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Lisburn, Co. Antrim, Northern Ireland



The chance remark that may just have saved Brian's life


Mary Magee reports

A WELL KNOWN Lisburn businessman has told how a simple blood test helped save his life when it showed he had prostate cancer.

Brian Brown, Managing Director of Browns Coachworks and a member of the board of Action Cancer, is backing the charity's Action Man campaign which encourages men to take responsibility for their own health.

Brian (60) was diagnosed with the condition three years ago after a flippant remark.

The grandfather-of-one from Hillsborough had been out with friends when one told him that sesame seeds were good for your prostate.

Unsure of where his prostate was exactly, the comment stuck with Brian and when he visited his doctor about a problem with his knee he mentioned it to her.

She asked him a few simple questions and even though he answered no to everything she advised him to have a blood test anyway.

As the nurse was busy and Brian was convinced he did not have any symptoms he put put the test off for another day.

A week later he was in the health centre collecting a prescription and as the nurse was not busy he got a blood test.

A few days later the doctor rang with the results and told him his PSA was high and he would have to see a consultant.

After a meeting with at Belfast City Hospital he had a biopsy and told h, had cancer.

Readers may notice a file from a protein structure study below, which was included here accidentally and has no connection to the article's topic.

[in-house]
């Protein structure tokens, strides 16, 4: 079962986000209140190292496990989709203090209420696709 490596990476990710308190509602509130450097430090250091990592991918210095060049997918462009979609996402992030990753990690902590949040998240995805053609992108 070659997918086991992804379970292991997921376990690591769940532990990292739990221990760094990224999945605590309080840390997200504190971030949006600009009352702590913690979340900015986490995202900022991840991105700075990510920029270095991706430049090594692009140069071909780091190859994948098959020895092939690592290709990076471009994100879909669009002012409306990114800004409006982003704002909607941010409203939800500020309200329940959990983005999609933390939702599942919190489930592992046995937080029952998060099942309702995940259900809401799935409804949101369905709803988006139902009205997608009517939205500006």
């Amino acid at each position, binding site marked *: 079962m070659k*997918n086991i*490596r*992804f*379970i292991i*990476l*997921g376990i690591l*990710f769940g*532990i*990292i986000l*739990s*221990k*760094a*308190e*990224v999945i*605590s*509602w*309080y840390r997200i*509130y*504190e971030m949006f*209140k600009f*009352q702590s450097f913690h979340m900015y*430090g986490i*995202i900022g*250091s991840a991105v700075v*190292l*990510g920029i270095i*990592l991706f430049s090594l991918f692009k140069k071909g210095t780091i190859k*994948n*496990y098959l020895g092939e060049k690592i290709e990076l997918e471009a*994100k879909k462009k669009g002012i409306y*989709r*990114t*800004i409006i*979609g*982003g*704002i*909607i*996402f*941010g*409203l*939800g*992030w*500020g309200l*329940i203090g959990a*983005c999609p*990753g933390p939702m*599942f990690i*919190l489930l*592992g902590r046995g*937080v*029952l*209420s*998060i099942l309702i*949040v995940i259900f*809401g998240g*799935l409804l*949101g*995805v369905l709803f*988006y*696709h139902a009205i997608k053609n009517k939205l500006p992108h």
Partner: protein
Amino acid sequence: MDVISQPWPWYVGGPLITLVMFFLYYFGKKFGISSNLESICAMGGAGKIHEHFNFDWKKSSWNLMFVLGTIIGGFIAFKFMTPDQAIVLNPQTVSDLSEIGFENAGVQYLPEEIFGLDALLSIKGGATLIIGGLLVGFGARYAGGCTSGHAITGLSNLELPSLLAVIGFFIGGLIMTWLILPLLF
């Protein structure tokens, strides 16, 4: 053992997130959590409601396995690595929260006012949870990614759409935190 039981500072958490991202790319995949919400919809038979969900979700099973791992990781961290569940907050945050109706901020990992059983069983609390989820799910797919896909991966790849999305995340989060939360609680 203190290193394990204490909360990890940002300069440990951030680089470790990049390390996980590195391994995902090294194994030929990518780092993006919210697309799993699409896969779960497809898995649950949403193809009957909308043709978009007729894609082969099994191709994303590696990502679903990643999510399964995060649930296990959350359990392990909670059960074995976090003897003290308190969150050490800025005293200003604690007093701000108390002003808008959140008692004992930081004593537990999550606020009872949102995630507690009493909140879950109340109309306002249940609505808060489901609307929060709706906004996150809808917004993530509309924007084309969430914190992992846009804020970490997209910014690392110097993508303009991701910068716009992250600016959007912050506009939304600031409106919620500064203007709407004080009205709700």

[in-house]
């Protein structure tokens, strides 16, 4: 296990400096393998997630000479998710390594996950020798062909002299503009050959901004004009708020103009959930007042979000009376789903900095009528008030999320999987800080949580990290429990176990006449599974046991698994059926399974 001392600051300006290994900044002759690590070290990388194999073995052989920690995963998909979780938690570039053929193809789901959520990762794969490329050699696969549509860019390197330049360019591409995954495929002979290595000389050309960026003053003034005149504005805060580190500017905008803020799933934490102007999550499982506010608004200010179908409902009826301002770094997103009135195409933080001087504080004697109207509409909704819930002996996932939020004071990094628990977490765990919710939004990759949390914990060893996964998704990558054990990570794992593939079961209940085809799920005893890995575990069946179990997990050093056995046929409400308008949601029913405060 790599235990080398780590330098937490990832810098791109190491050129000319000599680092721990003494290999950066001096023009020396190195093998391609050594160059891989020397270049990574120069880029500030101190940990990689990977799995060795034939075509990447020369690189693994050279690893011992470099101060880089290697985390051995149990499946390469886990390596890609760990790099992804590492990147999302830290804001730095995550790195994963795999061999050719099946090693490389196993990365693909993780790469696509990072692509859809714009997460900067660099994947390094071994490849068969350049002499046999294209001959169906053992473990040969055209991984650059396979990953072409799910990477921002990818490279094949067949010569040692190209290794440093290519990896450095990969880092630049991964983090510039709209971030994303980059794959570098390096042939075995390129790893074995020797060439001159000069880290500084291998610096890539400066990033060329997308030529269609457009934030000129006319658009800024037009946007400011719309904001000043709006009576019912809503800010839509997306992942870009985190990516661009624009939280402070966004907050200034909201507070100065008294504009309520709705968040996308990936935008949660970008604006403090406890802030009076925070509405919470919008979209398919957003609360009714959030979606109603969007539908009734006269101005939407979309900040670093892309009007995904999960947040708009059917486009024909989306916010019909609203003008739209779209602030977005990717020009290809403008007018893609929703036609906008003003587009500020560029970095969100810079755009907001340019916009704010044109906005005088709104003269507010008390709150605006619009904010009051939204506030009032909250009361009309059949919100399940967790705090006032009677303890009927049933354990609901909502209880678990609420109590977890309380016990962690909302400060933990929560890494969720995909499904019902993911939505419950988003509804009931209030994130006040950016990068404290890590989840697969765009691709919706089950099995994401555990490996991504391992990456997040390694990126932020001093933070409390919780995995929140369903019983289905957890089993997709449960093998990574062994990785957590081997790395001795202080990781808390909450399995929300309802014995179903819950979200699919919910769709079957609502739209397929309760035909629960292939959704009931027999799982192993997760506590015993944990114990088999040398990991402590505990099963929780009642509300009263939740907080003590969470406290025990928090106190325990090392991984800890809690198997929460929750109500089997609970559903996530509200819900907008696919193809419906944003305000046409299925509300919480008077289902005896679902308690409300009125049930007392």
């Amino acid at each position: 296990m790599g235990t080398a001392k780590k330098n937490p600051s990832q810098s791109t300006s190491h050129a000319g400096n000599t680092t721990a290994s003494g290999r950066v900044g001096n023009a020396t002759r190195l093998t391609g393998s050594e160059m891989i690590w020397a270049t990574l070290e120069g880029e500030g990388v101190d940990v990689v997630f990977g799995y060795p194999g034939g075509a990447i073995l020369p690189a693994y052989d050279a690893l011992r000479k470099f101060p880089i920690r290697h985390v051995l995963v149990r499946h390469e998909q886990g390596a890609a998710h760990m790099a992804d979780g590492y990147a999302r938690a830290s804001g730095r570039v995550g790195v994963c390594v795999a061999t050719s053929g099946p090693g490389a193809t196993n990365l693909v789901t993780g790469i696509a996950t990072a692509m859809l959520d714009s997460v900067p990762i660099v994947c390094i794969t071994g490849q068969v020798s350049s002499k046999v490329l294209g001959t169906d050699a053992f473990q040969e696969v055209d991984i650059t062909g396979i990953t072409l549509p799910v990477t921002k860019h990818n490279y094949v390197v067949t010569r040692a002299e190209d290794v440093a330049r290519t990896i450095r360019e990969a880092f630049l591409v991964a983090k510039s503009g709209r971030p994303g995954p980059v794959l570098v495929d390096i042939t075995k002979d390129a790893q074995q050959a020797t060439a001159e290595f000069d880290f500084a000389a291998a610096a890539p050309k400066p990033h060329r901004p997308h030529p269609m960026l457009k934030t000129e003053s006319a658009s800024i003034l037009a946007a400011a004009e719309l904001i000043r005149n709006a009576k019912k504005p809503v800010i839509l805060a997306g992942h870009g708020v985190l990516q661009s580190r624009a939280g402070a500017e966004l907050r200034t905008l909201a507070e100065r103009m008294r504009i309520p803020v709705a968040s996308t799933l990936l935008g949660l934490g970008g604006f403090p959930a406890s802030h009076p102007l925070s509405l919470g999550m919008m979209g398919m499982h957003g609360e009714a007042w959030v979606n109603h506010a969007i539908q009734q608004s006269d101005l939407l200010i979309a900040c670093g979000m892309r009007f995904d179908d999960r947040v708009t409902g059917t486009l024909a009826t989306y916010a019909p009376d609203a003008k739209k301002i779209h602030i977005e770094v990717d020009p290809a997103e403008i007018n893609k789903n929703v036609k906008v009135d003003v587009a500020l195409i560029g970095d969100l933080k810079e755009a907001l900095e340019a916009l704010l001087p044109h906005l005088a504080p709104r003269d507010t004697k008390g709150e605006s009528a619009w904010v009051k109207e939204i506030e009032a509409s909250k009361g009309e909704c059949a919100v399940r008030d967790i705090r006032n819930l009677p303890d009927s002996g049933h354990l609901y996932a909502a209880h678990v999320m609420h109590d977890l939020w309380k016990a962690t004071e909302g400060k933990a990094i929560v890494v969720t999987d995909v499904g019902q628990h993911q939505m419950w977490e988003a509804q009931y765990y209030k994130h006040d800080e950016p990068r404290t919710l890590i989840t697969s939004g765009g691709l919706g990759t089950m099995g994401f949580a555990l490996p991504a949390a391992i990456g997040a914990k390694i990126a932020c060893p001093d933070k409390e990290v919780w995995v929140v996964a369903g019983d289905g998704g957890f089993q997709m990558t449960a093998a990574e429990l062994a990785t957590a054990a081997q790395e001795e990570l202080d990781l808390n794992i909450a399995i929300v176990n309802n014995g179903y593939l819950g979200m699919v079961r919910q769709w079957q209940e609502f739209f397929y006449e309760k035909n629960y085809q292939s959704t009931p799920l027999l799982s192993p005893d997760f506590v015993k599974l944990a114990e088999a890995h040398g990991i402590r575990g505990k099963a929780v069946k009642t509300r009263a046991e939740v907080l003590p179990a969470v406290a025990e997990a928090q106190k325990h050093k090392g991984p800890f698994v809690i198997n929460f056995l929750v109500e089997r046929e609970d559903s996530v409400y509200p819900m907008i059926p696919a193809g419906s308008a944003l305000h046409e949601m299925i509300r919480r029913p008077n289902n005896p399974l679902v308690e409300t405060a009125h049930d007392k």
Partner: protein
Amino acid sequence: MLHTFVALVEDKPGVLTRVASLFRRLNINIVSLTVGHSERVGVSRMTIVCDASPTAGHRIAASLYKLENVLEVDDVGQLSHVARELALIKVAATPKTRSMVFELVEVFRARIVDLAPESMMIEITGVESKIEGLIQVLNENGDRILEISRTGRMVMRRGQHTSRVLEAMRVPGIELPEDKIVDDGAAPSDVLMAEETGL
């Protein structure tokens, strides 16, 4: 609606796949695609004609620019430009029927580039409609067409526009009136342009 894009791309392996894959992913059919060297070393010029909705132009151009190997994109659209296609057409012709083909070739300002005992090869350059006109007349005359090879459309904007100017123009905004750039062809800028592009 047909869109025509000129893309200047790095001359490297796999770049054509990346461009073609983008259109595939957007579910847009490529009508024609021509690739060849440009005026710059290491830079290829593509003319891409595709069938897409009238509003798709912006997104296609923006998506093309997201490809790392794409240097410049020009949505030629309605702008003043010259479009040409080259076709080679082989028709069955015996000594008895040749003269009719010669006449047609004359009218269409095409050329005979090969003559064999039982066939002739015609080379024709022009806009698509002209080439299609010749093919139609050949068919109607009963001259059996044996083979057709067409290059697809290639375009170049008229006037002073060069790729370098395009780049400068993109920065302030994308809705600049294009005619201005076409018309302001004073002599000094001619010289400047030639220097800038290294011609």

"My whole life just seemed to stop. Brian said. "To be told something like that was just devastating. My wife was with me and we were both the same. My immediate reaction was just how long I had left."

Luckily for Brian the cancer was found early, it was operable and curable. He had an MRI scan to see if the cancer had spread.

"I was told if I hadn't got that test for another six or seven years their advice would have been to get a good solicitor and go on a good holiday," he said. "I knew just how lucky I was"

After an operation to remove his prostate Brian underwent a course of radiotherapy and was off work for three months. Though clear now for three years he still undergoes check ups every six months.

Brian says he was lucky his cancer was detected so early and has urged men over the age of 50 to have the PSA blood test done. His experience has even helped his best friend who was diagnosed with prostate cancer after having a blood test.

"All it is is a simple blood test" Brian said. "I would have considered myself fit and healthy, went to the doctor regularly and did not have any symptoms yet I had it.

"When your health is at risk it makes you more appreciative of life. If my story saves just one life then it is worth it."

Ulster Star